Mobility to Immersion
This project explored how the potentialities of mobile devices can be meaningfully integrated as core components within complex, digitally-hybrid environments to extend or redefine traditional spectator experiences.
Mobility to Immersion was a project led by Michael Takeo Magruder (takeo.org) from the Department of Digital Humanities at King's, in collaboration with the National Theatre and body>data>space as part of their Robots & Avatars exhibition. Using the 'Visions of Our Communal Dreams' art commission in the exhibition as an experimental testbed, the project explored the development, application and assessment of creative and technical frameworks through which users of mobile devices could both influence and be influenced by digitally-enabled cultural activities within public spaces.
Visions of Our Communal Dreams v1.0 by Michael Takeo Magruder with Drew Baker, ErikFleming & David Steele, 2012. One of the artwork’s many site-specific installations at FACT, Liverpool as part of the Robots & Avatars exhibition
Although mobile devices have been successfully used to augment (or sometimes even replace) traditional mechanisms for disseminating information and visitor resources surrounding public exhibitions and performances, little work has been done in incorporating these systems as core elements within multi-faceted, digitally-based cultural experiences in the 'real' world. Over an eighteen-month period, an interdisciplinary team of artists, academics and technologists undertook a practice-led programme of collaborative research and development focusing on questions such as:
- What kinds of additional and meaningful layers of visitor interaction become possible through the facilities offered by the latest generation of smartphones and tablets?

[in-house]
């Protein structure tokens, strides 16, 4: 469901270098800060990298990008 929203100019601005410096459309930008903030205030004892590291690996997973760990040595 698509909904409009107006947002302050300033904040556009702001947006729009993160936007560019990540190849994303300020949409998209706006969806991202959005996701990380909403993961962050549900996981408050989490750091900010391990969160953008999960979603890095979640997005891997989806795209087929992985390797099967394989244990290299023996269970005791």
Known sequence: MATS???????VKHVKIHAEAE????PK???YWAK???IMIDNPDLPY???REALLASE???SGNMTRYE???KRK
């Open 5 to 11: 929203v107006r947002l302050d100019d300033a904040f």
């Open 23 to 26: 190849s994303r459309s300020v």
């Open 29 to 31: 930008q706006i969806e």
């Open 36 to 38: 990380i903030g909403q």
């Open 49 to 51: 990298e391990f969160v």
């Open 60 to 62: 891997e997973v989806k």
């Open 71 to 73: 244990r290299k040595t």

- How can the socially-immersive qualities of these mobile devices be effectively blended with the sensory-immersive characteristics ofcomplex digital systems like virtual worlds and mixed-reality environments?
- What types of existing mobile applications/platforms (such as Twitter and Facebook) and cross-device technologies (like HTML5) can be employed to provide the necessary generic technical infrastructure required for suchactivities?
Visions of Our Communal Dreams v2.0 by Michael Takeo Magruder with Drew Baker, ErikFleming & David Steele, 2012. One of the artwork’s many site-specific installations at KIBLA, Maribor as part of the Robots & Avatars exhibition
As a result of these investigations, the team developed and released a working prototype solution that allowed Twitter users to remotely affect a shared virtual environment based on OpenSimulator technology. This Twitter-to-OpenSimulator infrastructure was then successfully integrated into the 'Visions of Communal Dreams' artwork and presented to the wider public as part of the Robots & Avatars exhibition.
'Visions of Our Communal Dreams' was an art installation blending virtual, physical and networked environments that explored issues of hybridity, embodiment and collective creativity in the Digital Age. The artwork was comprised of two public spaces – one virtual and one physical – that are inherently connected in order to create a series of mixed-reality contexts, situations and experiences.